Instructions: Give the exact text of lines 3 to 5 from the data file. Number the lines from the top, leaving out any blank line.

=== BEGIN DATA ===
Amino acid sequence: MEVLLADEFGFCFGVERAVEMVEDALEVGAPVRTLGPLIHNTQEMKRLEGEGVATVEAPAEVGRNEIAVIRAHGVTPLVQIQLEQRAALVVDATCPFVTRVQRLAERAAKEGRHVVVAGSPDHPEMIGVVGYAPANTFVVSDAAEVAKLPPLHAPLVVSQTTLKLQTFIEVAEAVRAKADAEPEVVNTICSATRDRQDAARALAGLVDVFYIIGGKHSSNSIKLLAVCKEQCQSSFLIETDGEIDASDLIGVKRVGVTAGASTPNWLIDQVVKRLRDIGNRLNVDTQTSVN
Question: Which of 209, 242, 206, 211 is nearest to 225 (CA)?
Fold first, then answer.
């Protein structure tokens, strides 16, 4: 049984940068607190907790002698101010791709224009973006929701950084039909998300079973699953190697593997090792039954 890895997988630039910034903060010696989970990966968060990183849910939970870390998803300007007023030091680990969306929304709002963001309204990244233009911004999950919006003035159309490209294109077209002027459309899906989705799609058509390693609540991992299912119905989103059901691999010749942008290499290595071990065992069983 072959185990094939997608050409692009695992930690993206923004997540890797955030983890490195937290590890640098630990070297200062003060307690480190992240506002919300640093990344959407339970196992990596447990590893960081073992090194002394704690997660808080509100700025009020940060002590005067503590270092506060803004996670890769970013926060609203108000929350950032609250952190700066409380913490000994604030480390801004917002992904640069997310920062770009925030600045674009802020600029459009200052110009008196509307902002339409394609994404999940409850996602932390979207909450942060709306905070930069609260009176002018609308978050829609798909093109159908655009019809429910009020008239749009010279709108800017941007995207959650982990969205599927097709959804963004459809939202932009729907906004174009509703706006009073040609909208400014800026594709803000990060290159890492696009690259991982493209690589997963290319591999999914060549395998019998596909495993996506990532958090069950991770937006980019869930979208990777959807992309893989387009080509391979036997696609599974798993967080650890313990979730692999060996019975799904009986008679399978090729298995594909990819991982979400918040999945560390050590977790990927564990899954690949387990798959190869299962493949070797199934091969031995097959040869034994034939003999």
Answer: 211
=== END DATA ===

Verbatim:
Fold first, then answer.
């Protein structure tokens, strides 16, 4: 049984940068607190907790002698101010791709224009973006929701950084039909998300079973699953190697593997090792039954 890895997988630039910034903060010696989970990966968060990183849910939970870390998803300007007023030091680990969306929304709002963001309204990244233009911004999950919006003035159309490209294109077209002027459309899906989705799609058509390693609540991992299912119905989103059901691999010749942008290499290595071990065992069983 072959185990094939997608050409692009695992930690993206923004997540890797955030983890490195937290590890640098630990070297200062003060307690480190992240506002919300640093990344959407339970196992990596447990590893960081073992090194002394704690997660808080509100700025009020940060002590005067503590270092506060803004996670890769970013926060609203108000929350950032609250952190700066409380913490000994604030480390801004917002992904640069997310920062770009925030600045674009802020600029459009200052110009008196509307902002339409394609994404999940409850996602932390979207909450942060709306905070930069609260009176002018609308978050829609798909093109159908655009019809429910009020008239749009010279709108800017941007995207959650982990969205599927097709959804963004459809939202932009729907906004174009509703706006009073040609909208400014800026594709803000990060290159890492696009690259991982493209690589997963290319591999999914060549395998019998596909495993996506990532958090069950991770937006980019869930979208990777959807992309893989387009080509391979036997696609599974798993967080650890313990979730692999060996019975799904009986008679399978090729298995594909990819991982979400918040999945560390050590977790990927564990899954690949387990798959190869299962493949070797199934091969031995097959040869034994034939003999």
Answer: 211